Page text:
Riding across Manhattan in a stretch limo in order to get a haircut, a 28-year-old billionaire asset manager's day devolves into an odyssey with a cast of characters that start to tear his world apart.
Georges and Anne are an octogenarian couple. They are cultivated, retired music teachers. Their daughter, also a musician, lives in Britain with her family. One day, Anne has a stroke, and the couple's bond of love is severely tested.
Riding across Manhattan in a stretch limo in order to get a haircut, a 28-year-old billionaire asset manager's day devolves into an odyssey with a cast of characters that start to tear his world apart. Written by
I wanna a haircut.
The president's in town.
We don't care. We need a haircut. We need to go crosstown.
You will hit traffic that speaks in quarter inches.
Just so I know. Which president are we talking about?
United States. Barriers will be set up. Entire streets deleted from the map.
Show me my car.
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Dialogue-driven and emotionally empty, "Cosmpolis" requires an intense desire for philosophical discourse
Let's say that for every 10 "Twilight" fans, at least one is guaranteed to give "Cosmopolis" a go for no other reason than Robert Pattinson. And among those "Twilight" fans dumb enough to mindlessly try the film out, at least 9 of 10 will despise what they see.
David Cronenberg rather faithfully (from what I understand) adapts Don DeLillo's socio- economic commentary rolled into a film about young billionaire Eric Packer, who goes on a long limo ride across New York City for a haircut. What he fails to recognize, however, is that he was completely wasting his time; "Cosmopolis" has no business being a movie.
Cronenberg's clean and tight approach to the film can't be denied its technical kudos, but everything he films is emotionally anemic. "Cosmopolis" has no story; its characters are talking heads and its scenes just a collection of political gospel and esoteric ideologies.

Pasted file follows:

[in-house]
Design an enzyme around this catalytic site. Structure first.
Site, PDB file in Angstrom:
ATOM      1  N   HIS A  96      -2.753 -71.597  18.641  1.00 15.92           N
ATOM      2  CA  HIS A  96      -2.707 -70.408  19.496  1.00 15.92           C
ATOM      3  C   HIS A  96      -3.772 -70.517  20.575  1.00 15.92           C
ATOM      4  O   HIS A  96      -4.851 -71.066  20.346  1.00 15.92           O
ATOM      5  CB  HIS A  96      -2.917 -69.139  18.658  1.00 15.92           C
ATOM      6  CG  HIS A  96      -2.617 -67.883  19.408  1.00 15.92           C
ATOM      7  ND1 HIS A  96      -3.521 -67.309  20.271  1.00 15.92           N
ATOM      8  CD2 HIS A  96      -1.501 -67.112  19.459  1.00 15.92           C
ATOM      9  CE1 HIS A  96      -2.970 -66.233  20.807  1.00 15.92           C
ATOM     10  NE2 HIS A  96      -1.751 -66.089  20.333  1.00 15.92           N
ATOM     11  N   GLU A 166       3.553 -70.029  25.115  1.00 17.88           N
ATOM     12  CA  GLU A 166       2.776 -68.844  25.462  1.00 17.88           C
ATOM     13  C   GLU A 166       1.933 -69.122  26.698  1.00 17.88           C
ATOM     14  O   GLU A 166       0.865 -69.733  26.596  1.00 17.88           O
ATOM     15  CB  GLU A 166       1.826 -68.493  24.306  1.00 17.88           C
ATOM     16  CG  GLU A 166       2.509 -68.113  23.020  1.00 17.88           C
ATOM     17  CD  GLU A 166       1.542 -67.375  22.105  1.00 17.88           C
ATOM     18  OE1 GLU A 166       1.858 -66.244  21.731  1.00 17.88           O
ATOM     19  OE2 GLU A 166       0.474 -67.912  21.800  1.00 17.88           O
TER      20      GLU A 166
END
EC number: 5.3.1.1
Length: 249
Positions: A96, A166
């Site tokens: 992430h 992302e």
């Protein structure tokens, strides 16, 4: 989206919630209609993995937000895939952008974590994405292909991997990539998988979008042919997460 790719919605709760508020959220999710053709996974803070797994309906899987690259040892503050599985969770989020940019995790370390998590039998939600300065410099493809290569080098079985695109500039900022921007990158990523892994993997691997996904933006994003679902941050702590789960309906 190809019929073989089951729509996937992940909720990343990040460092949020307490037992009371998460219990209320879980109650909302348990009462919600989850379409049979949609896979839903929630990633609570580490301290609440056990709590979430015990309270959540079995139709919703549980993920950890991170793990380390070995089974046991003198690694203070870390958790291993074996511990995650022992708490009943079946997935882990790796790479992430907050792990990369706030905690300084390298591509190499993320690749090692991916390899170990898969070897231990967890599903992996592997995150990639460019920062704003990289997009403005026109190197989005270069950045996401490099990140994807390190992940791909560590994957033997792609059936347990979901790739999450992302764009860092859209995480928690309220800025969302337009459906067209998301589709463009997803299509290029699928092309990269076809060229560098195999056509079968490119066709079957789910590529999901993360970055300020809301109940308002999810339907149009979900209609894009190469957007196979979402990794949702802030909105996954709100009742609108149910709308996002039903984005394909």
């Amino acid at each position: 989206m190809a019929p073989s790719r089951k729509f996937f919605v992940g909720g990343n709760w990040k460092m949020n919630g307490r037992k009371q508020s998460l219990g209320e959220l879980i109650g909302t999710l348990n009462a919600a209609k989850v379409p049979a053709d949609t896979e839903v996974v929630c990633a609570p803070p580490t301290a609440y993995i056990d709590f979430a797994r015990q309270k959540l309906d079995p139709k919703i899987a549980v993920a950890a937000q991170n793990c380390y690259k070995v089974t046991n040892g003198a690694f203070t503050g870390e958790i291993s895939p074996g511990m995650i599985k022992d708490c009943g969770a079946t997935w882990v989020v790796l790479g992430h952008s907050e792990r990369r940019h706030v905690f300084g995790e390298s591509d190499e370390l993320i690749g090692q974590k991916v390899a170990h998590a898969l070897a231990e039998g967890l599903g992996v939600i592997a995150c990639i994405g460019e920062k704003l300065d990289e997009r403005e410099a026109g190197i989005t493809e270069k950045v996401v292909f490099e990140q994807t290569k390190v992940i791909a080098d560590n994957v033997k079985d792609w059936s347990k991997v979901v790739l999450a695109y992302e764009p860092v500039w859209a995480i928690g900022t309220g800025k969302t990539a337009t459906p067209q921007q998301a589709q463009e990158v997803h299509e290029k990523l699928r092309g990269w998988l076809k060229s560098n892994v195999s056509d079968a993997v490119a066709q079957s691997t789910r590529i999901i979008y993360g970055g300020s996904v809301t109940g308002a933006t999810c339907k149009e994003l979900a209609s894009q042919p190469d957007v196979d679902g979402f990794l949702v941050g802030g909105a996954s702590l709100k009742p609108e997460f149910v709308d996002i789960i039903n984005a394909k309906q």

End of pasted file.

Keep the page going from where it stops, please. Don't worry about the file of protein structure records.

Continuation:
Not an ounce of this film goes into giving its characters souls, and the more you hunt in search for just a sliver of one, the less attention you pay to the themes so fundamental to the film's core. If you can focus long enough in any given scene, you'll pick up some thought- provoking nuggets, but our natural curiosity as an audience is to look for the story behind the highbrow dialogue. Doing so, however, distracts from paying attention to all that can be praised about this material.
Therein lies the reason Cronenberg should have left the novel alone. Ideas like the ones presented in "Cosmopolis" deserve time to simmer. If I had read the book, I certainly would have taken the time to re-read portions of it to process the commentary on capitalism rather than thinking at multiple times throughout the film "oh, there are rats, that's a symbol for what this film is trying to say about capitalism!"
With the exception of Packer's newly made wife (Sarah Gadon), the cast of supporting characters suffers a similar fate in spite of some big names in Juliette Binoche, Paul Giamatti and Jay Baruchel. By the time you can begin to so much as chew on the ideas raised in one of any of the several scenes in which Packer meets with a new character in his limo and talks about big-time stuff, that character is gone from the film completely. You never get a moment to catch up so that you can be in step with what's going on.
Providing further distraction from understanding anything that's said in this movie is how Cronenberg as he always does charges this film with sexual and violent tension. He's not adding any that's not already in the story, but he accentuates it. Consequently, moments in the film will yank you out of your perpetual state of philosophical processing and snap you back into the moment of the film, usually a violent outburst or a quick cut to a sex scene. That's part of what makes Cronenberg a revered director, but in this case it's what makes "Cosmopolis" such a tough watch.
For those hoping to see what Pattinson does as a top-billed star given weighty material, "Cosmopolis" proves to be an unfair judge. He seems comfortable with the bizarre style of dialogue, but the character and the story are so empty that the film can hardly be considered a fair judgment of his would-be dramatic prowess.
As with any work of art steeped in its ideas, the more you sit with it or re-experience it, the more you're likely to warm up to it, and I have no reason to believe that will not be true of "Cosmopolis." At the same time, a majority of viewers will likely not be equipped with the experience of processing this language as the film necessitates, and the first run-through (obviously the most important) suffers drastically as a result.
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